If your hay doesn't have enough energy, then you really run out of options, and you will need to buy in some sort of grain or pellets. I know Barley has really dropped in price around here, and that may be all you would need to bring in.

With you having your feed tested, I can give you some links to programs that can balance a ration, and show you what you need.

http://beefextension.com/new%20site%202/cccalc.html
 

rockridgecattle

Well-known member
Joined
Apr 6, 2007
Messages
2,826
Reaction score
0
Location
Manitoba, Canada
Thanks Randi, I am trying to access it now and it is being slow. Hopefully it will download before the next year....lol

here is one test it is average for what we have
as recieved dry matter basis
moisture % 7.3 0
dry matter% 92.7 100
crude protien% 9.4 10.1
heat Dam Protien% 1 1.1
available protien% 9.2 10
Dig Protien % 6.4 6.9
Acid Det. Fibre% 62.9 67.9
TDN est % 46.7 50.3
ENE EST THERMS/CWT 38.7 41.8
NE/MAIN,MCAL/LB .4 .5
NE/LACT,MCAL/LB .5 .5
NE/GAIN .2 .2

RFV 73.6
This was a middle of the road test. There are 5 in total
Hope this helps

please remember our temps here are cold
 

Willow Springs

Well-known member
Joined
Nov 19, 2008
Messages
212
Reaction score
0
Location
North of Edmonton, Alberta, Canada
Protein is fine, but look at the Fibre and TDN values, they are the same values a person would normally equate with cereal straw in our part of the world. The fibre values are really going to restrict the amount of hay the cows will be able to consume, because the passage rate is slow. This will get worse as rumen volume becomes restricted by a growing calf, and at the same time the cows energy needs will be increasing due to the growing calf.

I would say that you are headed for a wreck (in our environment) based on the fibre and energy values; the cows are probably losing or soon will be losing weight and when they start milking theres no way they will hold weigh which will also hurt your fertility; cows won't breed if their nutritional status is severly compromised.

I would take to a good ruminant nutritionist to help you formultae up a ration; those cows are going to need more energy ie: Grain and/or pellets. I would reccomend pellets because you can usually get Rumensin and all the vitamins and minerals added for cheaper than whole grain will cost you. I don't see any way to get around it unless you can find some really good hay to blend cheaper than you can find the pellets; but remember energy is what you need so don't buy any hay without a feed test.
 

Bez+

Well-known member
Joined
Jul 28, 2007
Messages
1,011
Reaction score
0
Location
Still trying to get back to even.
Sell some breds and buy feed.

If the weather comes up you may be ok - depends on their condition now.

Time to flip and coin and wait - or sell and buy in feed.

Run that pencil - and pray to the weather Gods.

Let's see what those cows look like right now.

Pics please

Bez+
 

mnmtranching

Well-known member
Joined
Apr 29, 2006
Messages
5,061
Reaction score
0
Location
MN
This is cold deep snow country here to. I have Wintered cows on upland grass and $30 % protein lick tubs. Cows don't gain weight, they got to eat all they can. They seem to do OK. Man! this is a brutal Winter we're having :shock: -32 out there. :help:
 

rockridgecattle

Well-known member
Joined
Apr 6, 2007
Messages
2,826
Reaction score
0
Location
Manitoba, Canada








 

rockridgecattle

Well-known member
Joined
Apr 6, 2007
Messages
2,826
Reaction score
0
Location
Manitoba, Canada
She did not have a calf last year, twins the year before, and bred on time this year





a little chilly, honest she is black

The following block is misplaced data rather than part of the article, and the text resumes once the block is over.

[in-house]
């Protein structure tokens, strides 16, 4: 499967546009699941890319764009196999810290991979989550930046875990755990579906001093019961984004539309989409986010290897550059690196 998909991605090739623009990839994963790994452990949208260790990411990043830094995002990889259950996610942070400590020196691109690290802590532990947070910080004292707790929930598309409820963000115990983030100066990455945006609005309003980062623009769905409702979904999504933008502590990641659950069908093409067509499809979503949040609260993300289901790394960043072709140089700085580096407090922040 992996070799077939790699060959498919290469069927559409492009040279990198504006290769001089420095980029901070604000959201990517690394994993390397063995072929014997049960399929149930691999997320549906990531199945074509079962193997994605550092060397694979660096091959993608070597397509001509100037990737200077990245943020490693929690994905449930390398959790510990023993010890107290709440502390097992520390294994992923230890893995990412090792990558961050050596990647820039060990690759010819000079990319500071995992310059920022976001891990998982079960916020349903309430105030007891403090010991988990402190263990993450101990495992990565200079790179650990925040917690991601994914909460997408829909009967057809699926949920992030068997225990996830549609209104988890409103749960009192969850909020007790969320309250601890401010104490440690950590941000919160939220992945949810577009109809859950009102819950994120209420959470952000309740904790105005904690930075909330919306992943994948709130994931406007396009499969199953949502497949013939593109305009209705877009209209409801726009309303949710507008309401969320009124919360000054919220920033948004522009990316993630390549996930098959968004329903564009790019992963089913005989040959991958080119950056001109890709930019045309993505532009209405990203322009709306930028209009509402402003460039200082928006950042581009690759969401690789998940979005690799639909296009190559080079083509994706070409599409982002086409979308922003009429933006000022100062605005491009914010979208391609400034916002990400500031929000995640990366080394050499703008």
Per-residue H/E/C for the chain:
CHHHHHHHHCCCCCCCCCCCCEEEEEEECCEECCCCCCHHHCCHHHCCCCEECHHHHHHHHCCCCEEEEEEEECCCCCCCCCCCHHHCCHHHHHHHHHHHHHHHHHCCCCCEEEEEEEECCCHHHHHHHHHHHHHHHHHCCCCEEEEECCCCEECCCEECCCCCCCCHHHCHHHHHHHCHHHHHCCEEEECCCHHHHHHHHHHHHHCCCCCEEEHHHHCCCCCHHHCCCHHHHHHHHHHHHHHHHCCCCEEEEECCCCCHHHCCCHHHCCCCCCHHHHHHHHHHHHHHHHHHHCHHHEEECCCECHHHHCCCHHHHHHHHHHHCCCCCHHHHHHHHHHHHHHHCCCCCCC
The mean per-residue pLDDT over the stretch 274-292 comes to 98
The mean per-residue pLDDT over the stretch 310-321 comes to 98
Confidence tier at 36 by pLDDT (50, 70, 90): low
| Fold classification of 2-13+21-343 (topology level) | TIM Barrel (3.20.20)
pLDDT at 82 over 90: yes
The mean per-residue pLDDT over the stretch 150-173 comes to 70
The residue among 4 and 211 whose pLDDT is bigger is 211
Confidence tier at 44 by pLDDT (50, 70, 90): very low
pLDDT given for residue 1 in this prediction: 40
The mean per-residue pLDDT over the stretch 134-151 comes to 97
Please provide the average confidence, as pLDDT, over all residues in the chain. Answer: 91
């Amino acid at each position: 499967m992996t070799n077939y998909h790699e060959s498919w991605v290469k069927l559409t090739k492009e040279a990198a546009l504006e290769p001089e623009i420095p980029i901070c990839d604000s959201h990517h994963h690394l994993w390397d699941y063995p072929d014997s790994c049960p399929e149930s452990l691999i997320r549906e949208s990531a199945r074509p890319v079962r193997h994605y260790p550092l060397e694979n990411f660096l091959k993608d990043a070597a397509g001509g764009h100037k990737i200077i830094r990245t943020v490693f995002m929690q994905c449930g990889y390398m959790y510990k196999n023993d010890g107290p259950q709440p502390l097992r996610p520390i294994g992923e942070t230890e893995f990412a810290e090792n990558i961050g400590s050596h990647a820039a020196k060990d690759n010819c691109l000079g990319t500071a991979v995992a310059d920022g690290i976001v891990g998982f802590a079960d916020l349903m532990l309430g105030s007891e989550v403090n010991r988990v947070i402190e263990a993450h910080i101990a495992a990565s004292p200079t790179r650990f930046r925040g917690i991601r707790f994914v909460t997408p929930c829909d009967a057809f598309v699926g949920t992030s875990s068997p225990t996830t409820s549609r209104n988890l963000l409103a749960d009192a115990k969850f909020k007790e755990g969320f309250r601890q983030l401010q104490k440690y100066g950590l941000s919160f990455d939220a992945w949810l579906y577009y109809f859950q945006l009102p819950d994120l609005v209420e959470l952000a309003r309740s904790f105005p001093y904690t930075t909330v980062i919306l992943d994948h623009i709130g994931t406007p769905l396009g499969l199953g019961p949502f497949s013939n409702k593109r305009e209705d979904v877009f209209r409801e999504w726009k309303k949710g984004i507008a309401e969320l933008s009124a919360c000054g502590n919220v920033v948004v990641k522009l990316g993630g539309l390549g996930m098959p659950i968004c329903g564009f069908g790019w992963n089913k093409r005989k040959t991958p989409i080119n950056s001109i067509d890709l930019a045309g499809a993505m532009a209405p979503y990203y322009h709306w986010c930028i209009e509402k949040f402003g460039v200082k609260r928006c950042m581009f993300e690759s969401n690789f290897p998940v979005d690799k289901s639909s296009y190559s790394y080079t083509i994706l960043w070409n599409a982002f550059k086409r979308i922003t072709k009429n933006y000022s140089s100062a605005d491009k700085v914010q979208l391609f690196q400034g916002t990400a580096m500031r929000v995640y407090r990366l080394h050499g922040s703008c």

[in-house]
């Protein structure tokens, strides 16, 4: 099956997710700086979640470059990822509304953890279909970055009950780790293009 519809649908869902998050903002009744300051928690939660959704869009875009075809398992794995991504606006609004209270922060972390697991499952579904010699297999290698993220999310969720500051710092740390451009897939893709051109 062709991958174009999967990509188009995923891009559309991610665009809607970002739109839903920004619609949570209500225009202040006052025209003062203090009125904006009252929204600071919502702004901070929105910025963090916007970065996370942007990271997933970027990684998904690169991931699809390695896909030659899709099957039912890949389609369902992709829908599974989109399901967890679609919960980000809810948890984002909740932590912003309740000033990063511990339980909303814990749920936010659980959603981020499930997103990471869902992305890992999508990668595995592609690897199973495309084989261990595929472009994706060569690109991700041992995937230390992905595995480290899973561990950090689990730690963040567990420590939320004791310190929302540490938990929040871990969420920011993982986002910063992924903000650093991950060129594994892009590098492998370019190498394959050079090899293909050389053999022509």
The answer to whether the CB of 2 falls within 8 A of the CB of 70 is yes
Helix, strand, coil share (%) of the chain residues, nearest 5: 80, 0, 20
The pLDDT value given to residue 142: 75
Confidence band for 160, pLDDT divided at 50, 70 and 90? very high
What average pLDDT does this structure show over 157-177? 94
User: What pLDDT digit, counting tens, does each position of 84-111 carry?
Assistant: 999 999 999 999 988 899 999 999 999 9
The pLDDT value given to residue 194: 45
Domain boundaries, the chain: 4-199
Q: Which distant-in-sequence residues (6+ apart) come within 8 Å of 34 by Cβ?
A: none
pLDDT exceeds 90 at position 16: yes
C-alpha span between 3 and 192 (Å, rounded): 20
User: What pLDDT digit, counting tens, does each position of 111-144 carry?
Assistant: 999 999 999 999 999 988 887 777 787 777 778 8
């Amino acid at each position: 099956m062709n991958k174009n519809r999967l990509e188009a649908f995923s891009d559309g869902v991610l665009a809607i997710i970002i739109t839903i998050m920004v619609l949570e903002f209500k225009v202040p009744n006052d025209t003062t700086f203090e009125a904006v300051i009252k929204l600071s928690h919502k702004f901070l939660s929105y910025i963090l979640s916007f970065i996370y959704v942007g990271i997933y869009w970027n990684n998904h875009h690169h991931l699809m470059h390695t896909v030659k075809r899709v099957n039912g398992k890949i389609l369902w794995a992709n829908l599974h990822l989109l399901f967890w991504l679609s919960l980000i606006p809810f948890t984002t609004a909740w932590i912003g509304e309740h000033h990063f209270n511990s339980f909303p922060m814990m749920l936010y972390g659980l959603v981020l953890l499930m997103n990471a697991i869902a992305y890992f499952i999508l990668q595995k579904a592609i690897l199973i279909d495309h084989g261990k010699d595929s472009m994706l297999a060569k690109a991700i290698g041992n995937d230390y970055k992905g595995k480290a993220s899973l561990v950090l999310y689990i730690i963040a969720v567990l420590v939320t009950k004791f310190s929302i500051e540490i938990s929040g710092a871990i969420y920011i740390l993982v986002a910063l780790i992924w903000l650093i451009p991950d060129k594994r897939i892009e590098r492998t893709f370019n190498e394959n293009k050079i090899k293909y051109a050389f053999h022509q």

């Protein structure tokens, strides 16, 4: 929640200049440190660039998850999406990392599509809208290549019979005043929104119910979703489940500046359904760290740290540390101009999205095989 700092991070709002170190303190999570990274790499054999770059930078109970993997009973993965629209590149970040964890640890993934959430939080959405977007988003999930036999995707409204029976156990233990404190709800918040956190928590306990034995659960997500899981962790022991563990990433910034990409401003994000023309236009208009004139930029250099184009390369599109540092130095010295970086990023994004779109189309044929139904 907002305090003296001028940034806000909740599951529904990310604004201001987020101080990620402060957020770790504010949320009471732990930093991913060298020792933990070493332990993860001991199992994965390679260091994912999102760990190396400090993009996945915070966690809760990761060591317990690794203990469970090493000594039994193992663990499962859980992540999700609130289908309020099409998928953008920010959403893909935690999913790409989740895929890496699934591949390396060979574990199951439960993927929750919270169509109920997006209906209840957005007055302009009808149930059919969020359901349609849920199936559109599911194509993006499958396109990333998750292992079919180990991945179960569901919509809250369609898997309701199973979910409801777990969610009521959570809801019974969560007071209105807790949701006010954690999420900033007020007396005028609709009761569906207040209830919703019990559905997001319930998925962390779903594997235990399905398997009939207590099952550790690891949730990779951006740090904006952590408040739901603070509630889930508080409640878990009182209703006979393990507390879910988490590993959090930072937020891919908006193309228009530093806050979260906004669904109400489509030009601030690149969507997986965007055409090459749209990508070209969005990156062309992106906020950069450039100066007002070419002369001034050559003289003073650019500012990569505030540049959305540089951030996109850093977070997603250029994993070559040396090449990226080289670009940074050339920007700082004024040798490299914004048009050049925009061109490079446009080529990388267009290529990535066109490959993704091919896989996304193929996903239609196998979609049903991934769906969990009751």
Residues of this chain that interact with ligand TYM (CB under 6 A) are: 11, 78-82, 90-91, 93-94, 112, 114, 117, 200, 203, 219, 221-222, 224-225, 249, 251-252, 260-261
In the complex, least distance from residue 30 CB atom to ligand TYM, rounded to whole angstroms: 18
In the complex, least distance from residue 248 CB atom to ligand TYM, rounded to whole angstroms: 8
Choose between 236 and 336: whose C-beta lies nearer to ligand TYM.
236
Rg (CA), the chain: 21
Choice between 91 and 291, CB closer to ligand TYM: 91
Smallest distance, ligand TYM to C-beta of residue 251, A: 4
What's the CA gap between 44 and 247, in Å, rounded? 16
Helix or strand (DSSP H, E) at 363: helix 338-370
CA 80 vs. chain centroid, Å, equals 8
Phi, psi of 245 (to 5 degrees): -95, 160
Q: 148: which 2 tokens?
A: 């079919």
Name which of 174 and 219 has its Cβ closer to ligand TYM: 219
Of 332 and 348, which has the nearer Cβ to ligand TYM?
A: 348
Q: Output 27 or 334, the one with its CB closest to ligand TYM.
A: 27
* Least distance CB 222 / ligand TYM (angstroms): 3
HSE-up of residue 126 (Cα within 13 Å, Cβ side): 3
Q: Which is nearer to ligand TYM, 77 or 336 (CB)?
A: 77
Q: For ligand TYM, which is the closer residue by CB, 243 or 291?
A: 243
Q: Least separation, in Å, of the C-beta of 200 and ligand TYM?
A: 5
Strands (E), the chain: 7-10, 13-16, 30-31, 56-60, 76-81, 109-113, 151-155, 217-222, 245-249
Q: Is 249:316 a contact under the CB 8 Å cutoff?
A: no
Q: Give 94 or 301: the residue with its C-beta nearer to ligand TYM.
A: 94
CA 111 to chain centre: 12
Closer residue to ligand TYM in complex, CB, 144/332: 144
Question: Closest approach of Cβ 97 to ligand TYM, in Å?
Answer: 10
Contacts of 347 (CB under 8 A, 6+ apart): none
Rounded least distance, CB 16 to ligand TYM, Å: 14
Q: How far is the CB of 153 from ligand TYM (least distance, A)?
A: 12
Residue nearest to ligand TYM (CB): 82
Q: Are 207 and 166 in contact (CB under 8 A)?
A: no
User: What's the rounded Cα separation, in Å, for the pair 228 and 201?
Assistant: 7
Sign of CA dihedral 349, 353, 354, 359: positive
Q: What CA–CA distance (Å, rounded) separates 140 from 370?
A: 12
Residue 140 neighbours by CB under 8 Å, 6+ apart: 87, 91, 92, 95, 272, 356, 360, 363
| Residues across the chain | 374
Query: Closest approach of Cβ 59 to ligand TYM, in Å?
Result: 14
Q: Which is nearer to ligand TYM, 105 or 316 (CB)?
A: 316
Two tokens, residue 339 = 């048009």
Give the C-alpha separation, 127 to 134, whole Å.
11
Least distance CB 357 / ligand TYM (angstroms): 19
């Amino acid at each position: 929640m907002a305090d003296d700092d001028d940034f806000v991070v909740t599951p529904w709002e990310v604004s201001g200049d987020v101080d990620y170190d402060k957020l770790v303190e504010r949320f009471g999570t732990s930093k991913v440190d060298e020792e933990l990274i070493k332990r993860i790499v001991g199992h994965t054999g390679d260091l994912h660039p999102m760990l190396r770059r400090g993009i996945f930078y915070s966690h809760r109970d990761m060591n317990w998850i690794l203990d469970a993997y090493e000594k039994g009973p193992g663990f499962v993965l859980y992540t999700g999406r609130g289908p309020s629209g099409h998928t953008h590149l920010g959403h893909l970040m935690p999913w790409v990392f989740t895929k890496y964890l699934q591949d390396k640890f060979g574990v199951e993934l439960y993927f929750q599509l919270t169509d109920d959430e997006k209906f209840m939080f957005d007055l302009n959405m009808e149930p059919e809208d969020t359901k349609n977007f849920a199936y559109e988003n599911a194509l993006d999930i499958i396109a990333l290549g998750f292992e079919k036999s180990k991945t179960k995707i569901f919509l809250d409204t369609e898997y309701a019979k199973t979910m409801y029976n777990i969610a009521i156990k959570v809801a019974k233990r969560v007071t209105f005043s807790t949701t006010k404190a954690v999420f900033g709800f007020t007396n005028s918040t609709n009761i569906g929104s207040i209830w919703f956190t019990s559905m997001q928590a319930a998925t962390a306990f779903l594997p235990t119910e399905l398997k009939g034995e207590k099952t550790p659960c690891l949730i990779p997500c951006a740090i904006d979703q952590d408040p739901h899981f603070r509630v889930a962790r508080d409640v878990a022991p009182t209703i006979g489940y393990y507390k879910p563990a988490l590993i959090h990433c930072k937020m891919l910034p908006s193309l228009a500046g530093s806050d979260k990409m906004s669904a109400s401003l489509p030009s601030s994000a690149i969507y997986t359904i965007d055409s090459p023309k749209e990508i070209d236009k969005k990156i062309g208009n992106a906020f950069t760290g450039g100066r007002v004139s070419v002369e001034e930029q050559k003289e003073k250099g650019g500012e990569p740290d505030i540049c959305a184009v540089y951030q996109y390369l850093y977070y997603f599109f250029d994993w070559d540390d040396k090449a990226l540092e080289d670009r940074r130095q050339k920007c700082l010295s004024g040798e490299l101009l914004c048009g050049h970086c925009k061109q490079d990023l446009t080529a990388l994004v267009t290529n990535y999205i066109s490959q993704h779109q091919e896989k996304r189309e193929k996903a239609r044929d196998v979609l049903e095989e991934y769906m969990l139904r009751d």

a heifer
 

rockridgecattle

Well-known member
Joined
Apr 6, 2007
Messages
2,826
Reaction score
0
Location
Manitoba, Canada
Hubby to farmers in the area today since we went to town on business. Everyone is complaining their animals look like crap. The vet said (saw her) near 8 weeks of this cold, nothing will keep condition.
The ag guy did not come out today due to the near frigid temps will be here later in the week.
for now, we put out two lick tubs, protien. a 22% and a 16%. They are low on the fibre. As well as we bought 2-1 mineral so they have one mineral feeder with 2-1 (more calcium) and one feeder with 1-1. Then they can choose what they want. Figured a way to go until later in the week when the ag guys comes.
 

1982vett

Well-known member
Joined
Feb 3, 2008
Messages
9,245
Reaction score
21
Location
Central Texas
Advise from Texas isn't going to weather very well. :oops: I'd think the hay is border line for your cold harsh weather. I believe the protein tubs are a good way to supplement the hay. Might consider a 30% tub (urea), my understanding (from what is being told around here) it is better in aiding in the digestion of the hay and a few dollars cheaper. (Could be that is what your 22% tub is) Add in the mineral you are giving and I believe you are doing everything you can right now. I'd say the cows aren't fat but not skin and bones either. If you can hold their condition I don't think you have much of a problem. I think most of them look pretty good from a southern perspective but I really don't have knowledge as to how fast they can lose condition up north.

As a comparison (without the cold wet condition) I'm short winter grazing. I have sorted into 3 groups, cows with calves, cows without calves, bred heifers. Bred cows are getting hay 10.7% Crude Protein, 7.3 % digestible CP, 34.4 ADF, 67.4 TDN Not to much different than yours. They are getting 18% all-natural protein tubs, mineral, and salt. They are holding condition pretty well, but not having to deal the your cold.

Cows with calves and bred heifers are getting to graze some oats every other day for a few hours and are getting some lesser quality hay on those days. Still saving the better hay.

Either way we both face the same delima, are we going to make it till spring and what is spring going to be like. Started to study the cow list again. Probably going to lay some gals off. Same idea I had last spring but didn't follow thru. :frowns:
 

rockridgecattle

Well-known member
Joined
Apr 6, 2007
Messages